Presented at the Society for Academic Emergency Medicine Annual Meeting, Chicago, IL, May 2007.
Original Research Contribution
Performance of the Canadian CT Head Rule and the New Orleans Criteria for Predicting Any Traumatic Intracranial Injury on Computed Tomography in a United States Level I Trauma Center
Version of Record online: 17 JAN 2012
© 2012 by the Society for Academic Emergency Medicine
Academic Emergency Medicine
Volume 19, Issue 1, pages 2–10, January 2012
How to Cite
Papa, L., Stiell, I. G., Clement, C. M., Pawlowicz, A., Wolfram, A., Braga, C., Draviam, S. and Wells, G. A. (2012), Performance of the Canadian CT Head Rule and the New Orleans Criteria for Predicting Any Traumatic Intracranial Injury on Computed Tomography in a United States Level I Trauma Center. Academic Emergency Medicine, 19: 2–10. doi: 10.1111/j.1553-2712.2011.01247.x
The authors have no relevant financial information or potential conflicts of interest to disclose.
Supervising Editor: Joshua Goldstein, MD.
- Issue online: 17 JAN 2012
- Version of Record online: 17 JAN 2012
- Received May 16, 2011; revision received June 16, 2011; accepted June 17, 2011.
ACADEMIC EMERGENCY MEDICINE 2012; 19:2–10 © 2012 by the Society for Academic Emergency Medicine
Objectives: This study compared the clinical performance of the Canadian CT Head Rule (CCHR) and the New Orleans Criteria (NOC) for detecting any traumatic intracranial lesion on computed tomography (CT) in patients with a Glasgow Coma Scale (GCS) score of 15. Also assessed were ability to detect patients with “clinically important” brain injury and patients requiring neurosurgical intervention. Additionally, the performance of the CCHR was assessed in a larger cohort of those presenting with GCS of 13 to 15.
Methods: This prospective cohort study was conducted in a U.S. Level I trauma center and enrolled a consecutive sample of mildly head-injured adults who presented to the emergency department (ED) with witnessed loss of consciousness, disorientation or amnesia, and GCS 13 to 15. The rules were compared in the group of patients with GCS 15. The primary outcome was prediction of “any traumatic intracranial injury” on CT. Secondary outcomes included “clinically important brain injury” on CT and need for neurosurgical intervention.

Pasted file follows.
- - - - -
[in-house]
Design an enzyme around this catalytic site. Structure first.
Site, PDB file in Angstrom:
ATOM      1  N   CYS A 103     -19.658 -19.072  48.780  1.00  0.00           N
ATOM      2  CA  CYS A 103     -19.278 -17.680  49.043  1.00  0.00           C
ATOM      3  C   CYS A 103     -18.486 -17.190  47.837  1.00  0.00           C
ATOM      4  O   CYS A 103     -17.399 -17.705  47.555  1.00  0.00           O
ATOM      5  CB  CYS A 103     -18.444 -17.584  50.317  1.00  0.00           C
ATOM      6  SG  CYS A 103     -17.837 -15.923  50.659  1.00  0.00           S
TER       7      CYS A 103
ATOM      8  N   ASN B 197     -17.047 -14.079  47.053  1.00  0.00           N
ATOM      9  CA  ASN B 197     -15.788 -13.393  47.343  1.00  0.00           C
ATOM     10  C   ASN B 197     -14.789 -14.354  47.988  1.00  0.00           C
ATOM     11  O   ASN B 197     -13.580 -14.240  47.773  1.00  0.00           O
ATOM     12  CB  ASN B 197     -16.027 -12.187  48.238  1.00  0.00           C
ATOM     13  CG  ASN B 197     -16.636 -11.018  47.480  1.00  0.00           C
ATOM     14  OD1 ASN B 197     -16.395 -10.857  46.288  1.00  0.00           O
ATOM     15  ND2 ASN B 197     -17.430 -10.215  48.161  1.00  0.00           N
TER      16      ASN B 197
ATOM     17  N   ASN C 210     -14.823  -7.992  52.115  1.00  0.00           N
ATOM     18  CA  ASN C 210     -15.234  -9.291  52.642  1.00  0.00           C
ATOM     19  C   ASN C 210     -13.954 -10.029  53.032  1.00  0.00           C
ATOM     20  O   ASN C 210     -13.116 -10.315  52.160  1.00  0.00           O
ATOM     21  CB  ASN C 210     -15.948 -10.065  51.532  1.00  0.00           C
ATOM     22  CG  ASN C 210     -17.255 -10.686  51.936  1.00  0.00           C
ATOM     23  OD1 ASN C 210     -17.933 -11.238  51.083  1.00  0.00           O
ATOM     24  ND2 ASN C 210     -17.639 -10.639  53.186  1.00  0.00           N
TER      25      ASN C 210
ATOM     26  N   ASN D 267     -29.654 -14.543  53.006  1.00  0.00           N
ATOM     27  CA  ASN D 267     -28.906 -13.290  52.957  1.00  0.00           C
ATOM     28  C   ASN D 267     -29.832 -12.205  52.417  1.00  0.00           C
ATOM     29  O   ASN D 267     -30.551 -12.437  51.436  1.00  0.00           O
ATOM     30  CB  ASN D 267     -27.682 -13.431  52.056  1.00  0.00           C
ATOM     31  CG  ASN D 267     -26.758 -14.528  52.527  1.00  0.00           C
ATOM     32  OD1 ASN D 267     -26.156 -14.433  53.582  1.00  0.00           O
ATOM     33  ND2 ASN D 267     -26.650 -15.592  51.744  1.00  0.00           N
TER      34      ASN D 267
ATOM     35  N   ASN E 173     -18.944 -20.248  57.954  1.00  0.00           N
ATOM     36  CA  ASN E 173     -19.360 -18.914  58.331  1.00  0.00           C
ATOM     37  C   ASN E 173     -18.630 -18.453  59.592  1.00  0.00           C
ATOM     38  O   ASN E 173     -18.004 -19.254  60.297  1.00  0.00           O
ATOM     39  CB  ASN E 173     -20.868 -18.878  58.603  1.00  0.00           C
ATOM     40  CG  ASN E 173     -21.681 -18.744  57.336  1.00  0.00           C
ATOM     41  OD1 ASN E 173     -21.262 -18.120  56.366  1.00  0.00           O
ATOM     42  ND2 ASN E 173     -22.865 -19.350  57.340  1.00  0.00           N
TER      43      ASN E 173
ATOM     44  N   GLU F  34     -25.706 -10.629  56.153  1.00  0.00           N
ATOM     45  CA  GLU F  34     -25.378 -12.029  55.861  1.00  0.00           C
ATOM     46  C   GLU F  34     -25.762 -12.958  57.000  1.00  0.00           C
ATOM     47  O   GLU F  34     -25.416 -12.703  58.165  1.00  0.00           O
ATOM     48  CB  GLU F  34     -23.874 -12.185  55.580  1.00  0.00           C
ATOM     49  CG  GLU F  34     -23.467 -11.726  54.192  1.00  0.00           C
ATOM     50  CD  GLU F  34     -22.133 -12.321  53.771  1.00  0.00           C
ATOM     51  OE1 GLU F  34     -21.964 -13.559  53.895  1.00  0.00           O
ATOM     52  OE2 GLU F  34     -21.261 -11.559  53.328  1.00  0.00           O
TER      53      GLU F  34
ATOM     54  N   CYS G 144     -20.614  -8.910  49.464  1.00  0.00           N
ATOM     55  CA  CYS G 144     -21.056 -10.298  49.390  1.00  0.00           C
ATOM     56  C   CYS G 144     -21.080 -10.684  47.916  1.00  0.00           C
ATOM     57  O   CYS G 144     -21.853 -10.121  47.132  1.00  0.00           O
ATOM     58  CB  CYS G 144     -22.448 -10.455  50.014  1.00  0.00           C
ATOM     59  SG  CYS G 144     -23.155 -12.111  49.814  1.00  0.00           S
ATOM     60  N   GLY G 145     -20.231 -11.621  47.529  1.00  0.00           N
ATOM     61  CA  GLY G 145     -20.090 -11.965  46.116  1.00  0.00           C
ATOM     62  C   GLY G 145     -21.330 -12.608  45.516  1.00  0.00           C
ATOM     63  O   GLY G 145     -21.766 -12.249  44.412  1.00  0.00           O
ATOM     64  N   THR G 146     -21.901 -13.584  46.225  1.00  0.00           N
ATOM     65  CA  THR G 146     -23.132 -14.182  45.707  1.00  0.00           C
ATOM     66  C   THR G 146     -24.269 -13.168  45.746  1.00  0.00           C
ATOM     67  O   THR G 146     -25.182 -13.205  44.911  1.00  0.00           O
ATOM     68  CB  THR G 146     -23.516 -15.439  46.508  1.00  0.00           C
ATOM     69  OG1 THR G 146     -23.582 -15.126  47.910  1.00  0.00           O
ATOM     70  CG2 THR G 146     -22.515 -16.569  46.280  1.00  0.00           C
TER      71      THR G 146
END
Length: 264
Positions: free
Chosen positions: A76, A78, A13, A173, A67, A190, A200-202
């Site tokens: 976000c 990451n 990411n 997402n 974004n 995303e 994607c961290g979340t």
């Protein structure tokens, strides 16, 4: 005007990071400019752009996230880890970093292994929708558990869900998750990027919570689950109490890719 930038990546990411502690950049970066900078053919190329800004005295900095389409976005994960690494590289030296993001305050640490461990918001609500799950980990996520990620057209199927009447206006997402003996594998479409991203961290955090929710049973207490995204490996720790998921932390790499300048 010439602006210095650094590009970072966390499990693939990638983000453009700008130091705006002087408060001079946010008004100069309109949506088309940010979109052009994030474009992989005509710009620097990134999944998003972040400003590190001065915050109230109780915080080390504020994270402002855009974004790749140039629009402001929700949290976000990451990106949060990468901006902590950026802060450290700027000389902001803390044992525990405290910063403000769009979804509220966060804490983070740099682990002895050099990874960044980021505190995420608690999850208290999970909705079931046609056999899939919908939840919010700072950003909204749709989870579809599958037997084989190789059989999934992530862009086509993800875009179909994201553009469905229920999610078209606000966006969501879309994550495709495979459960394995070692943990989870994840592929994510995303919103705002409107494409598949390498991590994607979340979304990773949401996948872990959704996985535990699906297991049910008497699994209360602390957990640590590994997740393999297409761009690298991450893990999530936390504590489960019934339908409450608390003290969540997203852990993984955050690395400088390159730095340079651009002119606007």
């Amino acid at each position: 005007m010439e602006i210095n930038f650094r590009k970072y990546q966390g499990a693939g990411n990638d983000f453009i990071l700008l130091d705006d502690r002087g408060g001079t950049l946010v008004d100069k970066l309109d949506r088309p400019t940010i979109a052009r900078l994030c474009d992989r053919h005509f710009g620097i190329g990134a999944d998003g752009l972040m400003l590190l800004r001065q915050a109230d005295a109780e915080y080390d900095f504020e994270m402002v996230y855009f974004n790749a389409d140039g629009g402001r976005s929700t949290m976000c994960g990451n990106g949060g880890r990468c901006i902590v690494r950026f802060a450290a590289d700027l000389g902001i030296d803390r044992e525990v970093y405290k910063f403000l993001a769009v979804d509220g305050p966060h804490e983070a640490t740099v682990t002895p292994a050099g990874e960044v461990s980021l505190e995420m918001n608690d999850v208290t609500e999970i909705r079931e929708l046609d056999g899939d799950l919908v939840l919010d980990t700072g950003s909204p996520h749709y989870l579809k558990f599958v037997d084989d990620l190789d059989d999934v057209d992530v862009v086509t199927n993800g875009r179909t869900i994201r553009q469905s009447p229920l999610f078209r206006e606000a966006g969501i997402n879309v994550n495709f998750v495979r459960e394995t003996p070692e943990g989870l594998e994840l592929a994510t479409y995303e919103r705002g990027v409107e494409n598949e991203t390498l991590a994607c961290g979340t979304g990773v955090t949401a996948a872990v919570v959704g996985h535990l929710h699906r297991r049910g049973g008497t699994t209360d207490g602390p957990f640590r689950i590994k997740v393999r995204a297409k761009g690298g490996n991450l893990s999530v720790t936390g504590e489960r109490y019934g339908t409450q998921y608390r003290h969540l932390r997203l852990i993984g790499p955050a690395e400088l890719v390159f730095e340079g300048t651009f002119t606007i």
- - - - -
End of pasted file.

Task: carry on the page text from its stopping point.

Results: Among the 431 enrolled patients, 314 patients (73%) had a GCS of 15, and 22 of the 314 (7%) had evidence of a traumatic intracranial lesion on CT. There were 11 of 314 (3.5%) who had “clinically important” brain injury, and 3 of 314 (1.0%) required neurosurgical intervention. The NOC and CCHR both had 100% sensitivity (95% confidence interval [CI] = 82% to 100%), but the CCHR was more specific for detecting any traumatic intracranial lesion on CT, with a specificity of 36.3% (95% CI = 31% to 42%) versus 10.2% (95% CI = 7% to 14%) for NOC. For “clinically important” brain lesions, the CCHR and the NOC had similar sensitivity (both 100%; 95% CI = 68% to 100%), but the specificity was 35% (95% CI = 30% to 41%) for CCHR and 9.9% (95% CI = 7% to 14%) for NOC. When the rules were compared for predicting need for neurosurgical intervention, the sensitivity was equivalent at 100% (95% CI = 31% to 100%) but the CCHR had a higher specificity at 80.7% (95% CI = 76% to 85%) versus 9.6% (95% CI = 7% to 14%) for NOC. Among all 431 patients with a GCS score 13 to 15, the CCHR had sensitivities of 100% (95% CI = 84% to 100%) for 27 patients with clinically important brain injury and 100% (95% CI = 46% to 100%) for five patients requiring neurosurgical intervention.
Conclusions: In a U.S. sample of mildly head-injured patients, the CCHR and the NOC had equivalently high sensitivities for detecting any traumatic intracranial lesion on CT, clinically important brain injury, and neurosurgical intervention, but the CCHR was more specific. A larger cohort will be needed to validate these findings.